Emission during the life-cycle of vehicles
The overview of the ICCT report “A global comparison of the life-cycle greenhouse gas emissions of combustion engine and electric passenger cars”
In 2021, the International Council on Clean Transportation (ICCT) conducted a study comparing the life cycle greenhouse gas (GHG) emissions of electric and internal combustion engine vehicles. The study has been provided in Europe, USA, China, India.
The report states that only battery electric vehicles (BEVs) have the potential to reduce greenhouse gas emissions over the life cycle needed to meet the goals of the Paris Agreement.
Even hydrogen-powered fuel cell electric vehicles (FCEV) have lower rates. This is because the main source of hydrogen today is a form of methane from natural gas (so-called “grey hydrogen”), which results in more modest efficiency figures.
However, the use of hydrogen derived from renewable electricity (“green hydrogen”) would result in a 76% to 80% reduction in lifecycle greenhouse gas emissions for FCEVs.
As shown in the first figure, life cycle emissions of medium-sized electric vehicles (BEVs) are already lower today in all regions examined – by 66-69% in Europe, by 60-68% in the United States, by 37-45% in China and by 19–34% in India.
As energy systems decarbonise, the gap between EV and ICE life cycle emissions will widen and by 2030 will be 74-77% in Europe, 62-76% in the US, 48-64% in China and 30-56% in India.
The large spread is explained by the uncertainty in the development of the electric power industry in these regions.
It is also worth paying attention to the high emissions of cars running on natural gas. Contrary to popular belief about the environmental friendliness of such engines, the results of the study do not confirm this, at least in terms of greenhouse gas emissions.
The report specifically emphasizes that there is currently no reasonable way to achieve deep decarbonization for ICE vehicles. This may indicate that, within the framework of today’s trends towards the preservation of a favorable natural environment, sales of electric vehicles with internal combustion engines do not have significant prospects. Actually, this is confirmed by real practice in the considered regions of the planet.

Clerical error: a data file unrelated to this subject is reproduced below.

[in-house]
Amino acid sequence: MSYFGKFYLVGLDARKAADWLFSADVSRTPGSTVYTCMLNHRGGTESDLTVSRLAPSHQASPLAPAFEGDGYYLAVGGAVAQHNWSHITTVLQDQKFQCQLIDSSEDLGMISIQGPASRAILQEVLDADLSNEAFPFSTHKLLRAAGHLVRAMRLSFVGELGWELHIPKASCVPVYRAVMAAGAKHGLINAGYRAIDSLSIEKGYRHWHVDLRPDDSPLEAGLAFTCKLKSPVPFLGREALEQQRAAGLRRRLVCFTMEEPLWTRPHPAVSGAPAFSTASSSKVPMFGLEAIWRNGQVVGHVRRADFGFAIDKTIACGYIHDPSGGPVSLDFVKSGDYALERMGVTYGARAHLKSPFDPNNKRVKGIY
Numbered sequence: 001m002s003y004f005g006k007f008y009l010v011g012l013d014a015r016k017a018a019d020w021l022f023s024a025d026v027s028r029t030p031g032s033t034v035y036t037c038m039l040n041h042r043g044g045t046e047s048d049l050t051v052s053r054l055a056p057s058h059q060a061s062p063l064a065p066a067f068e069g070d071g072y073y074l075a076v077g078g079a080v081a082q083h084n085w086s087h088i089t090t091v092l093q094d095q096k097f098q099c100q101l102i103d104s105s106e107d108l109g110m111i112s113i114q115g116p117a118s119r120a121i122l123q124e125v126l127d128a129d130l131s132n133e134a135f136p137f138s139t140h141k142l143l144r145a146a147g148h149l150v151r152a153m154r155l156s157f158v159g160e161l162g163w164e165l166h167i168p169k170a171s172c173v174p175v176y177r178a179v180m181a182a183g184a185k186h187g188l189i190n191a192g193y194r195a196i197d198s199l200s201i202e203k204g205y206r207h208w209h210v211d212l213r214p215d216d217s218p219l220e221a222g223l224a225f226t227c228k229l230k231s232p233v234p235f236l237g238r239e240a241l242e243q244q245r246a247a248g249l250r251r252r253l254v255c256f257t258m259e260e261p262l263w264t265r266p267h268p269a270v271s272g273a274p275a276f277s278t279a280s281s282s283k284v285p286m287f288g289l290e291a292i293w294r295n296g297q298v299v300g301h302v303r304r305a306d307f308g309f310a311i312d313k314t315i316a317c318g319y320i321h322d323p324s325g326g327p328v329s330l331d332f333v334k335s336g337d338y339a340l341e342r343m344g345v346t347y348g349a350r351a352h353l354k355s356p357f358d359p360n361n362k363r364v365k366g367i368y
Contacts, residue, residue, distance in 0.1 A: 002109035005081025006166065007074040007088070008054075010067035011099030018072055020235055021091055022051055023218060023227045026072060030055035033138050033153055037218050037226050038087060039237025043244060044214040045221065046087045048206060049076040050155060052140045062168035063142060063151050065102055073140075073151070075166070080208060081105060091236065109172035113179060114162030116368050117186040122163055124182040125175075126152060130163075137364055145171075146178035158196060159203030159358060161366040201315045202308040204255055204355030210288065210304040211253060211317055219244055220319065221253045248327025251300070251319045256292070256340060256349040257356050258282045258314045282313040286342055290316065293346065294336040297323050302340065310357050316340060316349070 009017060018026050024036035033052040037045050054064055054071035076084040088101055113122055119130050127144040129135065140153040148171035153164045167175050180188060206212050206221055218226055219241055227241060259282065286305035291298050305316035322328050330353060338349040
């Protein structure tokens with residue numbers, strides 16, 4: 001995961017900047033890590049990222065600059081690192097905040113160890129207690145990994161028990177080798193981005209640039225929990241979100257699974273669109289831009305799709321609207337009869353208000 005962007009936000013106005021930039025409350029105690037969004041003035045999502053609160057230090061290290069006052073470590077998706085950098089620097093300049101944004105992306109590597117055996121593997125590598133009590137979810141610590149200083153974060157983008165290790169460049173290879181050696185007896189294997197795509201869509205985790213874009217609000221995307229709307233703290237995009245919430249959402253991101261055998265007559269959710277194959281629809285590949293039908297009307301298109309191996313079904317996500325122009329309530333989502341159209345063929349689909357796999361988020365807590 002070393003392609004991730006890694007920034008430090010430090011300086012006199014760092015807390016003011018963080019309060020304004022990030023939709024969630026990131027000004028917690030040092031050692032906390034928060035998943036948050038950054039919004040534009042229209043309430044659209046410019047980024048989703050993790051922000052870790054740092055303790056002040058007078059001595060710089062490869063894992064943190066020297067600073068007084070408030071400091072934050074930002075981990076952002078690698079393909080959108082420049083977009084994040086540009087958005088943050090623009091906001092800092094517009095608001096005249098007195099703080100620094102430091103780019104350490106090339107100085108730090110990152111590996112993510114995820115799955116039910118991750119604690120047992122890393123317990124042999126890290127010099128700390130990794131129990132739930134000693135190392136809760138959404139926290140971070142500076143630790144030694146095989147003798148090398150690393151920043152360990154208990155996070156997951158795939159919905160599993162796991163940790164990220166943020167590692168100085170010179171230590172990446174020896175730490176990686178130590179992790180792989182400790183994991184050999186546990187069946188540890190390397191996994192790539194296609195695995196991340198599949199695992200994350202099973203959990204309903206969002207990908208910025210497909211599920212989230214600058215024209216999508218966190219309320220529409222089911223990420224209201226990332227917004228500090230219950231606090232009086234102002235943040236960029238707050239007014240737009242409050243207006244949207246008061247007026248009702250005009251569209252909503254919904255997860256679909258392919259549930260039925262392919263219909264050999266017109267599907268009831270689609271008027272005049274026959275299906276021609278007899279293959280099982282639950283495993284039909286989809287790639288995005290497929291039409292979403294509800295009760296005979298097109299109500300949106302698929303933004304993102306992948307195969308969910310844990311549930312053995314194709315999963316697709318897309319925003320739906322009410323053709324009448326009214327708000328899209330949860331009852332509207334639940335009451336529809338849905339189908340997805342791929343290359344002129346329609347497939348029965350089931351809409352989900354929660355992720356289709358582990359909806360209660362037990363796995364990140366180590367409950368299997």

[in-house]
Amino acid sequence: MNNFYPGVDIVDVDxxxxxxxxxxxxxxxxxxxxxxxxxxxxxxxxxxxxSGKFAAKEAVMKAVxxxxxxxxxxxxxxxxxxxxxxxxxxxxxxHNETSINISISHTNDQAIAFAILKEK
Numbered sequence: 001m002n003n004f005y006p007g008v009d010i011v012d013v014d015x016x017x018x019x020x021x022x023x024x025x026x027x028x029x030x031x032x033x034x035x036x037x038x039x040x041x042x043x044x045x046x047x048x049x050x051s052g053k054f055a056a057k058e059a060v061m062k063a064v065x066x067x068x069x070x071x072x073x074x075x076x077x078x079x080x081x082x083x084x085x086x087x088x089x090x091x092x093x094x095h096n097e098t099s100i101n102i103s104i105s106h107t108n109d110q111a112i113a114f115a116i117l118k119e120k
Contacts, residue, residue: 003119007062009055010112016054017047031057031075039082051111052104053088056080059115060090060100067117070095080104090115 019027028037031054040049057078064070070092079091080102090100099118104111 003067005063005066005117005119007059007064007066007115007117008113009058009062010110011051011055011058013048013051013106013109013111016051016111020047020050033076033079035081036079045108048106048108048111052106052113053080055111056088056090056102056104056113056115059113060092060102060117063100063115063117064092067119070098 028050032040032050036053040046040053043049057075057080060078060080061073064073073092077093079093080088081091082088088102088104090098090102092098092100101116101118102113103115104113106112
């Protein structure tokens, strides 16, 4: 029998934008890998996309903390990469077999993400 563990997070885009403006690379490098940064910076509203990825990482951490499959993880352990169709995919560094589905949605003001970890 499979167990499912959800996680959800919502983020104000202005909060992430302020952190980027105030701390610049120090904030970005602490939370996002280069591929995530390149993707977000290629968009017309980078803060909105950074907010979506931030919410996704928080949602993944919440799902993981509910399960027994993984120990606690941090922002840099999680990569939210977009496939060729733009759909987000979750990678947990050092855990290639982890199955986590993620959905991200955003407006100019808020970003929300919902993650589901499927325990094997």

This is clearly shown in the figures below.
Hybrids (HEV) improve the efficiency of gasoline/diesel vehicles by recovering braking energy and storing it in a battery that can then be used to support driving with an electric motor. The authors of the report found that HEVs reduce life cycle greenhouse gas emissions by only about 20% compared to conventional gasoline vehicles.
Plug-in hybrids (PHEV) have a large battery that can be charged before driving, and they can operate in electric mode within a certain range. However, also in this drive mode, the electric motor is usually supported by an internal combustion engine, and thus it is not necessarily a purely electric drive.
Based on these calculations, the GHG emissions of modern midsize PHEVs compared to gasoline vehicles are 42-46% lower in the US, 25-27% lower in Europe, and 6%-12% lower in China (PHEVs are almost not registered in India).
The report also considered options for the use of synthetic (biological) liquid fuels. It is shown that it does not lead to a significant reduction in emissions, and its widespread implementation is unlikely to occur due to the high cost and limited supply.
The authors of the report say that in order to meet the goals of the Paris Agreement, the registration of new cars with internal combustion engines should be terminated in the period 2030-2035. Then, taking into account the life of cars, a deep decarbonization of the transport sector can be achieved by 2050.
At the same time, it is stated that the total amount of energy consumed by different types of vehicles is also different. A battery electric vehicle, a fuel cell vehicle and a plug-in hybrid are considered. The energy efficiency of BEV is significantly higher, as the results of the study show.
Taking into consideration global trends, we at ElectroAir have made a strategic decision to develop clean transport, thereby contributing to the preservation of our planet.
All illustrations are taken from the original text.